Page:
The Effort-Net Return Model
The number of different models of human motivation is many--too many. Unfortunately, few of these models adequately define and describe the components and component relationships which constitute their structure. The list continues to grow without periodic refinement and consolidation and without attempts to synthesize motivation concepts with other segments of behavioral science and, for that matter, with the domains of science outside the behavioral area. But the various models of motivation can be integrated. They are not in significant conflict with one another.
This chapter introduces a construct that stresses conceptual clarification and the integration of theory. Analysis of the construct leads to identification and explanation of some phenomena previously avoided, or neglected, by motivation theory and to identification of a considerable number of practical means to pursue in attempting to motivate the human being.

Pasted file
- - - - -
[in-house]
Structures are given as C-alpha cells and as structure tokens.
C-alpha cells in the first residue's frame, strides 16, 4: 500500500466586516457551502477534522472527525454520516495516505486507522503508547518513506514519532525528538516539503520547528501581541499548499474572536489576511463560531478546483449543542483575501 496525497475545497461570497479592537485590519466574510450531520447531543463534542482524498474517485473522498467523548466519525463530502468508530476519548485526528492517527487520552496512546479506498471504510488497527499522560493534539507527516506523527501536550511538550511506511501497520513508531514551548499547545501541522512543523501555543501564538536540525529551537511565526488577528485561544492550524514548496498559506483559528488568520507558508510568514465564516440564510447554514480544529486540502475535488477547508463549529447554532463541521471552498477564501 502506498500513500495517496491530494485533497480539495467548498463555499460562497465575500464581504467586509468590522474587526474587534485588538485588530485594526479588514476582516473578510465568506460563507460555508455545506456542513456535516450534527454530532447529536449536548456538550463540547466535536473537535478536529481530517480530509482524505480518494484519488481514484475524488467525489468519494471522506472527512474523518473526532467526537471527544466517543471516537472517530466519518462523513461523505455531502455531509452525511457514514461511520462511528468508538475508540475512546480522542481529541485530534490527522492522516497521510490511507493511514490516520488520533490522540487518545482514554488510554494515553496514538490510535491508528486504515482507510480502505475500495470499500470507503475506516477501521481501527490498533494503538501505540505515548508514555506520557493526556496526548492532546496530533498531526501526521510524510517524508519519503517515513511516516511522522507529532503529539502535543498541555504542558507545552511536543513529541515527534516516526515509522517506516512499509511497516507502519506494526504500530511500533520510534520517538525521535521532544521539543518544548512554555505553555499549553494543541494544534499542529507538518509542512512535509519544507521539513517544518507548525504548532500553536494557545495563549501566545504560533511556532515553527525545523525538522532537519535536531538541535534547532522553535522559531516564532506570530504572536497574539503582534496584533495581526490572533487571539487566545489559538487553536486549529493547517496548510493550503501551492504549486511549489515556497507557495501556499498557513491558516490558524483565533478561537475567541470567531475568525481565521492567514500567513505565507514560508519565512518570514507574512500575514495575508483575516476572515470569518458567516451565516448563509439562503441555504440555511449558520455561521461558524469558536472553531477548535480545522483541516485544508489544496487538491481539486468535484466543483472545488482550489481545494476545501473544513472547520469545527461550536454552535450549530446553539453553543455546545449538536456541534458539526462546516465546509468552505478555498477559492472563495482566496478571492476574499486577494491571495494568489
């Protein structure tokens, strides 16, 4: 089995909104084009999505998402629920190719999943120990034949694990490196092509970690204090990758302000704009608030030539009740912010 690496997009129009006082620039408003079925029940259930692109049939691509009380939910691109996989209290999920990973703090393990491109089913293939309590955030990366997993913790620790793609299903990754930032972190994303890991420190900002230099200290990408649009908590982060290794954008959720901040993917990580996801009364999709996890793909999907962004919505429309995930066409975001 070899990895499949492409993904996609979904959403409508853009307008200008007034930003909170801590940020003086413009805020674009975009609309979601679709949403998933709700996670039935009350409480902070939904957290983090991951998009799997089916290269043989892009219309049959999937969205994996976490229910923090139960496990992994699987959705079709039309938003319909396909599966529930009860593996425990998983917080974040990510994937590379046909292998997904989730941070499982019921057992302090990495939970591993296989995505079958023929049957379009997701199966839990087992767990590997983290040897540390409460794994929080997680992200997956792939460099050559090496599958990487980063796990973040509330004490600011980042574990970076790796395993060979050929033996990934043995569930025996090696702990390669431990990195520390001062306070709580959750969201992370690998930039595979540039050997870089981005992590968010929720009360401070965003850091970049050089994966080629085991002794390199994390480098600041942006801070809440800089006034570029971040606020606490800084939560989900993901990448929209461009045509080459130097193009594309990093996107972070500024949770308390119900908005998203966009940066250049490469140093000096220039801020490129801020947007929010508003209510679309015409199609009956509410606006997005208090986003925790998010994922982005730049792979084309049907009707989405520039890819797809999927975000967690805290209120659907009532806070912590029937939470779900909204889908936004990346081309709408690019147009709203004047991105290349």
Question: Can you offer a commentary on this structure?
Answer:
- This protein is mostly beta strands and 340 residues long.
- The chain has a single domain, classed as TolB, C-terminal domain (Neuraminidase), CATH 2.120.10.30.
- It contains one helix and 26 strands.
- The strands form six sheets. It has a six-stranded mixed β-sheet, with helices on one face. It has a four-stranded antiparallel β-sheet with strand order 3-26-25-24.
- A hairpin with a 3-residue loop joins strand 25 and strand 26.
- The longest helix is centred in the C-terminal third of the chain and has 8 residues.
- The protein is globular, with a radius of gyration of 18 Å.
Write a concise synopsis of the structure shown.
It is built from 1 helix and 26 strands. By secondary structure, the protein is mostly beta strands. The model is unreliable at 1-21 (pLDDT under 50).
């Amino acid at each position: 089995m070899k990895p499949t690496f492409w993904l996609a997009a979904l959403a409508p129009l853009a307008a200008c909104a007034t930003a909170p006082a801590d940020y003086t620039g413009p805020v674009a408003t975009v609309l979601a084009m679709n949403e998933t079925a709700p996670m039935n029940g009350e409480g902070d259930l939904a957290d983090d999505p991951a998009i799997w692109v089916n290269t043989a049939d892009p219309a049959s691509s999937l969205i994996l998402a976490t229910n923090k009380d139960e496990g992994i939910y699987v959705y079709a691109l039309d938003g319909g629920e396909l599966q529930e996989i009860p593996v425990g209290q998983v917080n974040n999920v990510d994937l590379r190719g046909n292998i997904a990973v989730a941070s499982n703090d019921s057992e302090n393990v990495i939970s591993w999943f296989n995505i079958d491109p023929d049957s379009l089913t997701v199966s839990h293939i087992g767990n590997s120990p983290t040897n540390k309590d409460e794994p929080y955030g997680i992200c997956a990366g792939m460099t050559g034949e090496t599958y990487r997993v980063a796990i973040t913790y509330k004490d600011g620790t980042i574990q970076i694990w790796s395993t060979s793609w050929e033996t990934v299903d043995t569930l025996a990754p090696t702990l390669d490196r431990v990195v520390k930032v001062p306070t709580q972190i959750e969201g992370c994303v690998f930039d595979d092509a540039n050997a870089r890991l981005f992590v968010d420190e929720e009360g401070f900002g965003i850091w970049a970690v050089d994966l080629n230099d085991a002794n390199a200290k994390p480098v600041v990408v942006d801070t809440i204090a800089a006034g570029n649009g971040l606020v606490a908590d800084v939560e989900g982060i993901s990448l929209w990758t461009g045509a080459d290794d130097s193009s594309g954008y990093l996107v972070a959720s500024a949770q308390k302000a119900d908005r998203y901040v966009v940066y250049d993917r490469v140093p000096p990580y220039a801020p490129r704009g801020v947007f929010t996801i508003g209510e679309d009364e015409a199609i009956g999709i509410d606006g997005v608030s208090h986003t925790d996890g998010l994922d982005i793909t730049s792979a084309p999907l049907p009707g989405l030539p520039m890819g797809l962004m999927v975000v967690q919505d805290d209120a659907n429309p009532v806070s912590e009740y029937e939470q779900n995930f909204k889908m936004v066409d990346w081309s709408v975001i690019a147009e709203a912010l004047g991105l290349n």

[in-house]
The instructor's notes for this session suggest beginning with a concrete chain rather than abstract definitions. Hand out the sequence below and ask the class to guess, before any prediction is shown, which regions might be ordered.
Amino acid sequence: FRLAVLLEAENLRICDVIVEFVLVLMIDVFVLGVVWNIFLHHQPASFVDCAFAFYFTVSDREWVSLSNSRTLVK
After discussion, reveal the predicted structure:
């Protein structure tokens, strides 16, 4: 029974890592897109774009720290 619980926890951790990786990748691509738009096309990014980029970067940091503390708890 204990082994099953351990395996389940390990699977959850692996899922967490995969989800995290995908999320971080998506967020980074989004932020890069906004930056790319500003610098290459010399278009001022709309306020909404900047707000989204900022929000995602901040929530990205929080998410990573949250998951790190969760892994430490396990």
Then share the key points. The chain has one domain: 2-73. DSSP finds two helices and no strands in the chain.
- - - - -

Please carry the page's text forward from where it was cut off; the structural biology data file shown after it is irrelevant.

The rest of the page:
Motivation is a psychological force--analogous to a physical force in that it is a vector quantity possessing both magnitude and direction. Motivation is the amount of effort that one desires to expend in a given direction (toward a goal). The amount of effort one does expend to reach a goal is assumed, in the absence of the imposition of constraints on effort expenditure, to be in direct proportion to the amount of effort one desires to expend. Alternatively stated, and again neglecting constraints, the amount of effort (energy) one actually expends in pursuit of a goal is in direct proportion to the magnitude of the force that causes the expenditure.